Women and Sleep

Text Size: Normal / Medium / Large
Printer-friendly versionPrinter-friendly version

Why is it important to get enough sleep?

Sleeping well is very important to your health and overall well being. Healthy sleep:

  • Helps you stay emotionally balanced.
  • Keeps your memory and brain working well.
  • Helps your body fight infections.
  • Results in better work habits and fewer accidents.

How can I develop healthy sleep habits?

There are many ways you can help yourself sleep better. You may make changes to your habits or routines. For example:

  •  Go to bed and wake up at the same times every day, even on weekends. If you get 5 hours of sleep a night during the week and 10 on the weekend your body will be confused. Try to get 7-8 hours of sleep every night. (You may need more, or less; what is right for you is the amount that leaves you refreshed and alert when you wake.)
  • If you nap during the day, nap early in the afternoon and for only 20-30 minutes. Longer naps can make you feel groggy and napping late in the afternoon can make it difficult to fall asleep at night.
  • Get regular exercise. This helps you sleep soundly, but do not exercise within four hours of bedtime.
  • Limit your intake of caffeinated drinks (coffee, soft drinks, tea) to 1-2 cups during the day and cut it out completely in the evening.
  • Stop smoking, or try not to smoke in the evening. Both caffeine and nicotine are stimulants.
  • Do not drink alcohol before bed. It can lead to wakefulness throughout the night.
  • Create a restful atmosphere in your bedroom. Make it as dark and quiet as you like it. Use your bed for sleeping and sexual activity and leave paperwork, TV watching, eating, etc. to other areas. Turn the clock away from your face. Bodies prefer to be cool while sleeping, so bedroom temperature should be around 18°C.
  • Create nightly rituals that tell your body and mind that it's time to go to sleep. Put the dog out, bathe, read, listen to relaxing music, lay out your clothes for tomorrow–whatever you choose, try to be consistent.
  • Try a relaxation exercise in bed. Slowly, tense and relax the different muscle groups from your head to toes, one by one, while breathing deeply and slowly. Concentrating on this can make it easier to let go of worries and fall asleep.
  • If you can't fall asleep and don't feel drowsy, get out of bed and do a calming activity. Return to bed when you feel sleepy.

How can I relax enough to go to sleep?

Many women can't get to sleep because, as tired as they are, they are also worried or thinking about all the things they have to do.

If you have worries, try to take care of them during the day. Make a To Do list, or simply write down what you are worrying about. This may be enough to allow you to “let go,” at least until tomorrow. You may want to keep a notepad by your bed so that if an important thought comes to you, you can record it rather than worry about remembering it in the morning. If you are stressed, look for ways to help yourself relax. You might try yoga, meditation, or other relaxation techniques.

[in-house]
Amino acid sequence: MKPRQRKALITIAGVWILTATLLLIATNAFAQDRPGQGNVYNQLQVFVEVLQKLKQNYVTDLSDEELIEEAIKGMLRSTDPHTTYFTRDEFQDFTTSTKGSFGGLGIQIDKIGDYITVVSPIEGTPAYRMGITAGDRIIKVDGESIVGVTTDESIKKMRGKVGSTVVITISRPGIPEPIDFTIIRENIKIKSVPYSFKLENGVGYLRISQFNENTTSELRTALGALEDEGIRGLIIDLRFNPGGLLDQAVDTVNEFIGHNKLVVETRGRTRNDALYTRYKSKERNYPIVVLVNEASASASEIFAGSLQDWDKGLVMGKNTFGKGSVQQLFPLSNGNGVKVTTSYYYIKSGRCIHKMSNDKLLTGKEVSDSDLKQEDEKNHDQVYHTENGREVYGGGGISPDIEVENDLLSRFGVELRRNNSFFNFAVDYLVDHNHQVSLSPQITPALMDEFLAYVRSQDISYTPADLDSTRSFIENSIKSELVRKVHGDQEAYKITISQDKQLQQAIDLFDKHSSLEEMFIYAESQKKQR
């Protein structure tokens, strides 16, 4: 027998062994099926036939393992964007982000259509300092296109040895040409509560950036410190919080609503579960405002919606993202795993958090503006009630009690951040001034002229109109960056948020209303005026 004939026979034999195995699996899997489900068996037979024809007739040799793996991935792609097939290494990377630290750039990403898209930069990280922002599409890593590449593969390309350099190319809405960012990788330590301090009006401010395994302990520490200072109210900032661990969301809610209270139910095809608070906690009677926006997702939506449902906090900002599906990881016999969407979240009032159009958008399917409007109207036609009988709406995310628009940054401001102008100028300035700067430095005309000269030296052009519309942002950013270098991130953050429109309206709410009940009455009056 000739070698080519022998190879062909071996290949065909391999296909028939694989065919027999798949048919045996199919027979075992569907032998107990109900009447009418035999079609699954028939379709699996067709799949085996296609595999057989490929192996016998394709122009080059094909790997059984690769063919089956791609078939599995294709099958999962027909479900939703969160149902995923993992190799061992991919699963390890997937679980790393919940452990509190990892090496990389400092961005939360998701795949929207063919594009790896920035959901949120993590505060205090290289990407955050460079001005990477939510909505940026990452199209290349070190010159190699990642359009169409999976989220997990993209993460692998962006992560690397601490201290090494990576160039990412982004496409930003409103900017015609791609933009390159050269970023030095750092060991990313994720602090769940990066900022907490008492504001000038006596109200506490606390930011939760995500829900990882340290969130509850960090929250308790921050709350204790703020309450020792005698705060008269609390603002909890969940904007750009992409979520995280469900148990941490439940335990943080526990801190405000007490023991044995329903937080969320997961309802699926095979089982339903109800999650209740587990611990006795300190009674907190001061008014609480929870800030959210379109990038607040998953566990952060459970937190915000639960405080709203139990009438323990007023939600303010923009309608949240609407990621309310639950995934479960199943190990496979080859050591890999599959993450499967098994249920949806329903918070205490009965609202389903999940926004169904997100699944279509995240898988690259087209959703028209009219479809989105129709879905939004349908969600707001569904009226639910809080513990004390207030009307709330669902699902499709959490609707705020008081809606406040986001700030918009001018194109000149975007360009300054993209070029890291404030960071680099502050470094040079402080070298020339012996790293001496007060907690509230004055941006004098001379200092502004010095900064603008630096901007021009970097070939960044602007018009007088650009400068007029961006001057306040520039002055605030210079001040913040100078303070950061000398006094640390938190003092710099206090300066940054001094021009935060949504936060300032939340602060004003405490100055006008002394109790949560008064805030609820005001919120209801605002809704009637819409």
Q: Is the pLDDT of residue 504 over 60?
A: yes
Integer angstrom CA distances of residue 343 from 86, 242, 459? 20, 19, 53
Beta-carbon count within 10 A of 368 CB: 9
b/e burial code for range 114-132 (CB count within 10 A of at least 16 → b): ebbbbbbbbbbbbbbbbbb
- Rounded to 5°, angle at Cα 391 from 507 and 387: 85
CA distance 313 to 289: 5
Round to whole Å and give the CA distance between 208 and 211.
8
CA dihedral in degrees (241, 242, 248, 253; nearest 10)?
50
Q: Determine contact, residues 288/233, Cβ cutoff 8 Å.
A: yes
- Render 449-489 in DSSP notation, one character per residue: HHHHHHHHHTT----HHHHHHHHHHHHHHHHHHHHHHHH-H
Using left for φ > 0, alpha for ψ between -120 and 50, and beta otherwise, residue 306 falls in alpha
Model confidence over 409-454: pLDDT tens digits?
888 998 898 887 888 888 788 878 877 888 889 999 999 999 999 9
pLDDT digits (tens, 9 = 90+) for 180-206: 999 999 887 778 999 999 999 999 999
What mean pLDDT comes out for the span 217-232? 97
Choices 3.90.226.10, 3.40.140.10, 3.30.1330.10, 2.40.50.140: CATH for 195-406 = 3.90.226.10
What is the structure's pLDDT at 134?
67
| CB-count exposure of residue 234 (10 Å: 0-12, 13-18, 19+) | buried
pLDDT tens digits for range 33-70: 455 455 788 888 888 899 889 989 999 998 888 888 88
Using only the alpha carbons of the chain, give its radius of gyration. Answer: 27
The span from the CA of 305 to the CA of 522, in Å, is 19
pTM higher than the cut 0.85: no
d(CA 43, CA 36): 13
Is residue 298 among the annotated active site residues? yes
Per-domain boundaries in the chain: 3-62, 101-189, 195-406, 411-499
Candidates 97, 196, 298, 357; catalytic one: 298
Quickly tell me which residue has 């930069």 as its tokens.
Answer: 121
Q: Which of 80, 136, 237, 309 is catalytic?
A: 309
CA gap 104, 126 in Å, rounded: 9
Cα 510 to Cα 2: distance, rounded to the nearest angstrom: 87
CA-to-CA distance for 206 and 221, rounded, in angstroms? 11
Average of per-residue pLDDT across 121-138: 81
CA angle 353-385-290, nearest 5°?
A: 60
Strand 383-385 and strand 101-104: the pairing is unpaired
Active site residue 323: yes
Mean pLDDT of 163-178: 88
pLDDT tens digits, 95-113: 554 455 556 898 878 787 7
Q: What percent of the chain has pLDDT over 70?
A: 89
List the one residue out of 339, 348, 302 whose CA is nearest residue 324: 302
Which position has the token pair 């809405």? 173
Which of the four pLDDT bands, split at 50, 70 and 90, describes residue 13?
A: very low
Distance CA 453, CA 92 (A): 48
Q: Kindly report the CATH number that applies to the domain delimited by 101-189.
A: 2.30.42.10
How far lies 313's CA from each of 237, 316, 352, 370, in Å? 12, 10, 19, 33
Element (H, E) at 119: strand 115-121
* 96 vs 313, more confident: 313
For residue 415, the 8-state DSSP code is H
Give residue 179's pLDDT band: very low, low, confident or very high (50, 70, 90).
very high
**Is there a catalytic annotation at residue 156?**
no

What else could be keeping me from sleeping?

Many things could be keeping you from sleeping well. Some of these have causes that need to be addressed on a society-wide level. Women who live in poverty and live in inadequate housing, shelters or no housing at all face many serious stresses that may keep them from getting a good night's rest. Many women live in abusive relationships that rob them of sleep. Women with disabilities and women with untreated mental illnesses have other issues that can interfere with their sleep.

Women with children, too, often don't sleep well. Babies and young children often need attention during the night, and mothers often can't find the time to nap to make up for lost sleep, especially if they are parenting alone.
What are some ways I can help myself sleep?

Hormones also affect women's sleep patterns throughout the various stages of life.
Try to be aware of your body and where you are in your menstrual and life cycles. Consider why you might be waking. If it isn't stress or worry keeping you up, could it be frequent trips to bathroom? Hot flashes? Are you pre-menstrual? If you can recognize the underlying cause, you may be able to make helpful changes or understand that things will shift on their own.

Women who work shifts face a unique set of challenges. The guidelines above are still useful when they are appropriate, but in addition you may want to look for specific advice on dealing with sleep and shift work.

If you try the suggestions above and continue to have trouble sleeping for over six months, talk to your health practitioner about possible causes.